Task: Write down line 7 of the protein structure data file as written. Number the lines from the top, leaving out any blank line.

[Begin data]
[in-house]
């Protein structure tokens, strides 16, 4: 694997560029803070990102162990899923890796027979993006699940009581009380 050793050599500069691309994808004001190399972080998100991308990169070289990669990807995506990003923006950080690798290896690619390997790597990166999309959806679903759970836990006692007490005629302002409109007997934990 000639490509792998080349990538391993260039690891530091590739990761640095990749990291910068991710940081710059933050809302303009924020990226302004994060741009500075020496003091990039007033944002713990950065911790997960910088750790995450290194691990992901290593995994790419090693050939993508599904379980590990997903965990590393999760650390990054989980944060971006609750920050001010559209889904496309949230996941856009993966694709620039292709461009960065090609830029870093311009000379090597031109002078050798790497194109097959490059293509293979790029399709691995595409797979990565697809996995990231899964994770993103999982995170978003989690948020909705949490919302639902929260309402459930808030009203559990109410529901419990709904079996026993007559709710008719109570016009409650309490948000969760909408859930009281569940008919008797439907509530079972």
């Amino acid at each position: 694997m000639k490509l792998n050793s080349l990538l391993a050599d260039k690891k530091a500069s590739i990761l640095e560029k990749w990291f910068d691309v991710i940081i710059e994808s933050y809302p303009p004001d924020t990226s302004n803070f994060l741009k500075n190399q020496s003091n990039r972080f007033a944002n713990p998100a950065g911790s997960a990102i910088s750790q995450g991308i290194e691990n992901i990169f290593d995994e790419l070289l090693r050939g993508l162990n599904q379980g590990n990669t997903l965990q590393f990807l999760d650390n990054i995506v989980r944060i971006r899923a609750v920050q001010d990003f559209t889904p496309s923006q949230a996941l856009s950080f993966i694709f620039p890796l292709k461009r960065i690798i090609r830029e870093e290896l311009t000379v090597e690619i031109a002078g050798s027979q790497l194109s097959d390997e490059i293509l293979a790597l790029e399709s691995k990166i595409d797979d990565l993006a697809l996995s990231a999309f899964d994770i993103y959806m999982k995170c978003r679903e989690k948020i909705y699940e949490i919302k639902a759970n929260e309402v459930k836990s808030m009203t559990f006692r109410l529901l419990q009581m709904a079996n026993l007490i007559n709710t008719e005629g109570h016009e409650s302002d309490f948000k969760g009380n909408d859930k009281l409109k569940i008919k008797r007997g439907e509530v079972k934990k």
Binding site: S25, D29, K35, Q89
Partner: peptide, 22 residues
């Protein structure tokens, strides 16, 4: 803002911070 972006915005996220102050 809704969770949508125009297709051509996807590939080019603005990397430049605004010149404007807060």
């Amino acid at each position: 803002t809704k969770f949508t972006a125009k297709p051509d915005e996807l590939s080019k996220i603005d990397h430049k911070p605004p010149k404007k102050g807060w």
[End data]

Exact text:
């Amino acid at each position: 803002t809704k969770f949508t972006a125009k297709p051509d915005e996807l590939s080019k996220i603005d990397h430049k911070p605004p010149k404007k102050g807060w």